Theology Archive

Challenging the Violent Bible

My first article at On Faith ("Let There Be Violence?") is up. The piece looks at responses to violence in the Bible. Any cursory reading of the Old Testament, for example, turns up several troubling stories, which I mention in the article. There are, of course, several responses to these stories, but in this

3 for Thursday: 3 Reasons World Vision’s Reversal is Nonsense

By now you’ve heard that World Vision U.S. has changed their policy to welcome married gay employ—wait, wait—ok, actually, no, they’re not going to do that, because it turns out they’re conservative, inerrantist evangelicals and always have been and they just forgot that for a second.

The Scopes Monkey Trial Revived at Bryan College

It's a story making its way around the internet at the moment, Bryan College of Dayton, Tennessee is returning to its fundamentalist roots and obligating professors to sign a creationist statement.

Where Creationism Goes Wrong

If you’re not a creationist, the temptation might be to finish the title of this post with “on everything.” So go ahead. Say it aloud and you’ll probably feel better. In my recent article, “‘There is a book,’ but Ken Ham has no idea how to read it,” at Toledo Faith & Values (our

Beyond the Us-Versus-Them Narrative: A Review of The Undivided Past

In David Cannadine's "The Undivided Past: Humanity Beyond Our Differences," we discover a hopeful narrative which sees cooperation as the defining message of human history.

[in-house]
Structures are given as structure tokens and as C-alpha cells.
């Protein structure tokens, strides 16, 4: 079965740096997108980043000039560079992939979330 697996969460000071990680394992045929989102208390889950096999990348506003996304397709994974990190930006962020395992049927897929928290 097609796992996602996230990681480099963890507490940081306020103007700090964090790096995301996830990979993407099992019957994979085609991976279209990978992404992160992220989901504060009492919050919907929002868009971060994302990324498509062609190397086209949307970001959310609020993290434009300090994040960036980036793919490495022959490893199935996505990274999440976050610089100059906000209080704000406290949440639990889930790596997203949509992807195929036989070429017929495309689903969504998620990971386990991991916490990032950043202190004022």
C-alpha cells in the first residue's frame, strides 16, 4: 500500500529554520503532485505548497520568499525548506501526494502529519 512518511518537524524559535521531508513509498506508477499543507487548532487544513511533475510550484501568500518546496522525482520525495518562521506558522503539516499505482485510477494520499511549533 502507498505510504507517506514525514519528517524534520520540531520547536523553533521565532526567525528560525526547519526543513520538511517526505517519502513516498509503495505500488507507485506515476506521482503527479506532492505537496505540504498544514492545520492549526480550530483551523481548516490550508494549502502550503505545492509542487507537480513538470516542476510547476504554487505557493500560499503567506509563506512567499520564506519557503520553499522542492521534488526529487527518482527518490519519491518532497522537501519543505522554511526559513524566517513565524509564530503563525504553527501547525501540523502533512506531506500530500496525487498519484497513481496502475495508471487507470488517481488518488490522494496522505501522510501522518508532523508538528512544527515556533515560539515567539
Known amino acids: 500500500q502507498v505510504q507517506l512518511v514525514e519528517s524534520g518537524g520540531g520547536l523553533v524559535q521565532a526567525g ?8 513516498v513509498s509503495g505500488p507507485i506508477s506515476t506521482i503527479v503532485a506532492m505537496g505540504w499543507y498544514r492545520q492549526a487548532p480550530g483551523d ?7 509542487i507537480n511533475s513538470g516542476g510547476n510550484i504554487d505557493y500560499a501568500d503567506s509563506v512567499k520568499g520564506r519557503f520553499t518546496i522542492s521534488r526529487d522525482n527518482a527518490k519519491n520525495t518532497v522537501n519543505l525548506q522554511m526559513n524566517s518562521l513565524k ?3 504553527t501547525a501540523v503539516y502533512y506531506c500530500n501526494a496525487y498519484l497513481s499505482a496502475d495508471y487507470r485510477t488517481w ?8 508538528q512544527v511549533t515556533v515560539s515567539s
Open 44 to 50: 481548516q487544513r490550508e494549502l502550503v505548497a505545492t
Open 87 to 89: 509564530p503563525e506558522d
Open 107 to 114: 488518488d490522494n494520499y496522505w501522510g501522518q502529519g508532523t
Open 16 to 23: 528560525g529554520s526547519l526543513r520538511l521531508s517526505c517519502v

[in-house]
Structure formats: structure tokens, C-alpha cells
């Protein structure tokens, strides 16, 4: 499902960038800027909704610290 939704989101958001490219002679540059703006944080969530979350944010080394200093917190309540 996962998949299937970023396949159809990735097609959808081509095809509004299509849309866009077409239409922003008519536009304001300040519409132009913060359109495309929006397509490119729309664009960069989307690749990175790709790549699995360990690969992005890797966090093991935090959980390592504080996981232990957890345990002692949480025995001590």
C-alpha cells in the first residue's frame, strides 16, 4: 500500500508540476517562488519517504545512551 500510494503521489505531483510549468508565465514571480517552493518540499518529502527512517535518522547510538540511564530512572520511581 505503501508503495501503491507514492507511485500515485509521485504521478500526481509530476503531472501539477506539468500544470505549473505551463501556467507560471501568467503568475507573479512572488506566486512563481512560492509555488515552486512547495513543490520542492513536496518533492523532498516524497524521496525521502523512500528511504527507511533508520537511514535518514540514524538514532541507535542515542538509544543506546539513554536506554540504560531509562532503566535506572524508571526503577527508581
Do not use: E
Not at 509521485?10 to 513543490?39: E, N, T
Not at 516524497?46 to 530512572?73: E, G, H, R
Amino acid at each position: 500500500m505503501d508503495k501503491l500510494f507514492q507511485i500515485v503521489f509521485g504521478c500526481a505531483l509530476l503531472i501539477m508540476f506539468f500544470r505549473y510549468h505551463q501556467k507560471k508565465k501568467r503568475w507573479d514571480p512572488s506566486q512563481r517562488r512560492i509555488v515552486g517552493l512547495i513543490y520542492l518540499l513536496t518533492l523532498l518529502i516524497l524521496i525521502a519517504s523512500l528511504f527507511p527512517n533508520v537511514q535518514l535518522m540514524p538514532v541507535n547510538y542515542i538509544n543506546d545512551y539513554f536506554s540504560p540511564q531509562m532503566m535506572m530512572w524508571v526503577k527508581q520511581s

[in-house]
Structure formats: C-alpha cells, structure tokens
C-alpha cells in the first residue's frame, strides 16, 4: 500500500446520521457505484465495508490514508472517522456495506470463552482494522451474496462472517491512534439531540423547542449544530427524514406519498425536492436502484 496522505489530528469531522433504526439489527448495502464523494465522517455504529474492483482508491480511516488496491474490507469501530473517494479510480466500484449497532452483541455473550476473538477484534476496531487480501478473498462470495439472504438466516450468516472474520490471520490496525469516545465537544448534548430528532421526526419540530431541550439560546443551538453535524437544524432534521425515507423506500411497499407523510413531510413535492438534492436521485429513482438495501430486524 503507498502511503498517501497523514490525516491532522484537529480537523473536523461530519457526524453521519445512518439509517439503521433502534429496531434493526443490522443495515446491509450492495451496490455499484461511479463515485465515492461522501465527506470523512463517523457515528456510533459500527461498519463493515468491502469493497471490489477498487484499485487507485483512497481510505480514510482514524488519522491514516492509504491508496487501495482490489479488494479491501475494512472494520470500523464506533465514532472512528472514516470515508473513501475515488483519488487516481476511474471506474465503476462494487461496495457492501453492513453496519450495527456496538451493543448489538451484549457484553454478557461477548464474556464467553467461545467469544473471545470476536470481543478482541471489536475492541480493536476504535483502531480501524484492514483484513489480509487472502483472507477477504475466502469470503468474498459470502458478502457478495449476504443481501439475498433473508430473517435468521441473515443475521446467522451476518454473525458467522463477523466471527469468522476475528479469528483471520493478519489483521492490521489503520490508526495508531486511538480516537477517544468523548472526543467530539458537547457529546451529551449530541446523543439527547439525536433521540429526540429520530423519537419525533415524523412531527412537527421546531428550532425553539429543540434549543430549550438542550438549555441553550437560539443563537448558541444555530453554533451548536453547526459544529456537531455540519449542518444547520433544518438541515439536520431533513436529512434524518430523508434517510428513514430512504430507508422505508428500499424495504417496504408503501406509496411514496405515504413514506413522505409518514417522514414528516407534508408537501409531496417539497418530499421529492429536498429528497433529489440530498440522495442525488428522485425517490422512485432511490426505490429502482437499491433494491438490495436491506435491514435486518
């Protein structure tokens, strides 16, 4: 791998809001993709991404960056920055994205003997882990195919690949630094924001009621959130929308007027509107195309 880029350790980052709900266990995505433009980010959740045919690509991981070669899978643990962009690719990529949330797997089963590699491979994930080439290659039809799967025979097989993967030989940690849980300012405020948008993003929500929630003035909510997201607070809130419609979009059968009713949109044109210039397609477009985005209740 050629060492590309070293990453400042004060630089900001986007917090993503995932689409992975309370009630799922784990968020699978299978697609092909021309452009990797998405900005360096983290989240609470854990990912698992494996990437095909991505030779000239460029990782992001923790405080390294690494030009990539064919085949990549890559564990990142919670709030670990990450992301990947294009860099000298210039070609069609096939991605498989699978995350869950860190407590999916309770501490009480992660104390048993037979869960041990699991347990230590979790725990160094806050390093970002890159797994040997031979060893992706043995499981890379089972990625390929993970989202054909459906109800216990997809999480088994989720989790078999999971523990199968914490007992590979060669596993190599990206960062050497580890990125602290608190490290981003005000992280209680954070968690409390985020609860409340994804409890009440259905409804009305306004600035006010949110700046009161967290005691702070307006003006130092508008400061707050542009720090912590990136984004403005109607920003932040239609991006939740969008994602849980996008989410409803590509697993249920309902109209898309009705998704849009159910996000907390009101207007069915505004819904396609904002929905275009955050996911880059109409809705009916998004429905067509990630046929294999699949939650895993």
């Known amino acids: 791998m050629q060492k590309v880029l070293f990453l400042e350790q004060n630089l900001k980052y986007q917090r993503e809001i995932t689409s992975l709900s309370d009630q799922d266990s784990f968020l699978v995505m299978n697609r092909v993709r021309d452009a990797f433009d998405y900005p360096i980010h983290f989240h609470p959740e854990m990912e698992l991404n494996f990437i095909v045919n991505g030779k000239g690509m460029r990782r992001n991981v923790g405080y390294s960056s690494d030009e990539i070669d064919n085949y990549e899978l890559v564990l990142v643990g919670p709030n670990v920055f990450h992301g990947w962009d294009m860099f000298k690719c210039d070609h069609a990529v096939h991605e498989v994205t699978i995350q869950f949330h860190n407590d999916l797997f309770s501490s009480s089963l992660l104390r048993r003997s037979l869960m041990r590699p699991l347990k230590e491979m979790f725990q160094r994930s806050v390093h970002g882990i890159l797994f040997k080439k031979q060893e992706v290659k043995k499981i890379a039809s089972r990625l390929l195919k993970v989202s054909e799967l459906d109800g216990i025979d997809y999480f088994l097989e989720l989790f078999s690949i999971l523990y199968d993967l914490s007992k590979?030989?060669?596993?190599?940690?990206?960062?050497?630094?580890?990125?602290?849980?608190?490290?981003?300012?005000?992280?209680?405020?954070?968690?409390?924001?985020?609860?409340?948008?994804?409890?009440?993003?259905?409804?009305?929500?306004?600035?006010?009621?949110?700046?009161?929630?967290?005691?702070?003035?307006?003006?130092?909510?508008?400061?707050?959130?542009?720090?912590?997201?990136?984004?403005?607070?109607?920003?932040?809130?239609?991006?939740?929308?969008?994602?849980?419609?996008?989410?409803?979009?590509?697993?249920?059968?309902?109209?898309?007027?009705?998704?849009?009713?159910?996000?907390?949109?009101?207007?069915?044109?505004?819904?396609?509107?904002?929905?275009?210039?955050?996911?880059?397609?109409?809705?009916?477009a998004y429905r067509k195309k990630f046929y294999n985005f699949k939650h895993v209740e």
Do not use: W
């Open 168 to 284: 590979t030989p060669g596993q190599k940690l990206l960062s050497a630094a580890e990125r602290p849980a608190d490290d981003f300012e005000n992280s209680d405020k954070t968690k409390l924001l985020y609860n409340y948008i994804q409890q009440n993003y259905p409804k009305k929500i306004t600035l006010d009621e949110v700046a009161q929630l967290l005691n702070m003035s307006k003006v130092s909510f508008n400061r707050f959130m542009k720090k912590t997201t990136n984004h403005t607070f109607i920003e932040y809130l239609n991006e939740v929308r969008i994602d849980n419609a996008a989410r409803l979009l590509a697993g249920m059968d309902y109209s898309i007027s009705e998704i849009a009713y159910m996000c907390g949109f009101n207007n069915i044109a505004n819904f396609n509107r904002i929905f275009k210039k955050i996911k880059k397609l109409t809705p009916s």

Why Religion Eventually Leads to Secularity: A Review of Big Gods

"Secular societies climbed the ladder of religion, and then kicked it away," says Ara Norenzayan in Big Gods: How Religion Transformed Cooperation and Conflict. Security breeds secularity. "There are indications that some societies with strong institutions and material well-being may have passed a threshold, no longer needing religion to sustain large-scale cooperation."

Answers in Geocentrism: The Movie

With the announcement that Bill Nye will be debating Answers in Genesis’s Ken Ham next month (February 4), reactions have been very strong. Those (Christian and the non-religious alike) who are not creationists appear to agree with the idea that it is a mistake that will only raise the street cred of AiG and

Consider No Evil: Two Faith Traditions and the Problem of Academic Freedom in Religious Higher Education

Next summer, a book I've co-authored with Menachem Wecker, Consider No Evil: Two Faith Traditions and the Problem of Academic Freedom in Religious Higher Education (Cascade Books, 2014) will be released. Summer is a few months off, but I’m sure it will be here before I know it.
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